kzncpf logo1
kzn cystic fibrosis association

Management & Approach to Treatment

General Management

The outlook for the individual with CF has improved dramatically. Many of the clinical features previously thought to be inevitable can be prevented, delayed or improved by intensive treatment. The introduction of a more positive attitude to management and the more widespread use of aggressive treatment regimes have been major factors in improving longevity and quality of life. Better survival is associated with more frequent use of antibiotics and more frequent review at CF clinics. As insulin is to people with diabetes, so are regular, high doses of antibiotics to people who have cystic fibrosis.

Communication at the Time of Diagnosis

It is difficult for parents and/or patients to obtain more than a general impression of the condition when it is explained for the first time. Not only is CF a very complex disorder but parents are usually shocked and unable to follow detailed explanations at that time. There is a need to consolidate the information they receive at their first visit.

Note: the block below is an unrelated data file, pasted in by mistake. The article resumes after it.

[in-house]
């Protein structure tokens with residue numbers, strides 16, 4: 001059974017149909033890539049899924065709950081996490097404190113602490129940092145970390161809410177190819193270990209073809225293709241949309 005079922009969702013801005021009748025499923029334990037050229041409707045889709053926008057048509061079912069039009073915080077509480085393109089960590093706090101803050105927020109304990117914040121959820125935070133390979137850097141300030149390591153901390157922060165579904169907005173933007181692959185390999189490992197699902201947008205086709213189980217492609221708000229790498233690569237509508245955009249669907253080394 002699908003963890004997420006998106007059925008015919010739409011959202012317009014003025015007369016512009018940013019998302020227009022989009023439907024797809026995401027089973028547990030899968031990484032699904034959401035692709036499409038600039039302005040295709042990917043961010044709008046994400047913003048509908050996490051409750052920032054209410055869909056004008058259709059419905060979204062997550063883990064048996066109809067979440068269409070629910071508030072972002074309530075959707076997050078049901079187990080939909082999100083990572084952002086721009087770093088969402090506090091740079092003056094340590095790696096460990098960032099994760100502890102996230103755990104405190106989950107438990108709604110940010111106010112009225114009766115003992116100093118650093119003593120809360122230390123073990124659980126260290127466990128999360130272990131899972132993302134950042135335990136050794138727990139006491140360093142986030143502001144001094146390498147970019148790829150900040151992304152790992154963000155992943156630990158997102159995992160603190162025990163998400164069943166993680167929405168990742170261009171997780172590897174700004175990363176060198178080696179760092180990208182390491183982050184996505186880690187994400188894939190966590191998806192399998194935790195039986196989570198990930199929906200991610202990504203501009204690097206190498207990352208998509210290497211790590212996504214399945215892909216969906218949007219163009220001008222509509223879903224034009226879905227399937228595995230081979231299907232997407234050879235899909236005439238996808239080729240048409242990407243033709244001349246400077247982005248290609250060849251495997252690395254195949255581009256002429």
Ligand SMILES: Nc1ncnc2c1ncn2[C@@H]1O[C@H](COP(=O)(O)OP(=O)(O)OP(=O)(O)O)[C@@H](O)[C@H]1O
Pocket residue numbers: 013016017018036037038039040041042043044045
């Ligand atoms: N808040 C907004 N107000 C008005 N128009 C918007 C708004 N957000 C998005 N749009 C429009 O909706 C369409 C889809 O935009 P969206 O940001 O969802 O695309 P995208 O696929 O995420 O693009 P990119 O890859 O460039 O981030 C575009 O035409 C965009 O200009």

A team approach must be followed. Clinic visits should include consultation with medical personnel, physiotherapists, dieticians, clinic sisters, pharmacists, social workers, psychologists and parent support groups. Information must be made available to general practitioners, caregivers, teachers, relatives and friends. This information should be available in hard copy from the clinic. Additional sites of information, such as the Internet, may be of use.

It may be helpful for relatives to talk to the families of other affected individuals. Mutual support is generally most beneficial. "Remember, you are not alone".

General Management by a NON-CF Specialist

Some CF patients will be living far from a CF clinic and will find it difficult to attend CF clinics. They will be cared for by general practitioners (GPs) who do not have much experience with CF and who do not have ready access to the support of allied medical staff. It is essential that the GPs align themselves with the nearest CF Clinic and send their CF patient(s) at least yearly for assessment at the CF Clinic. Summaries of CF clinic visits should be sent to primary care doctors. As a relationship is built up with clinic doctors, so the GP will feel more comfortable about telephoning for advice and referring the patient when necessary.

General Facts Discussed at the Time of Diagnosis
  • CF remains a serious disorder despite the major advances of recent years.
  • The condition of the patient and the long-term outlook depends on the effectiveness
  • The outlook continues to improve year by year.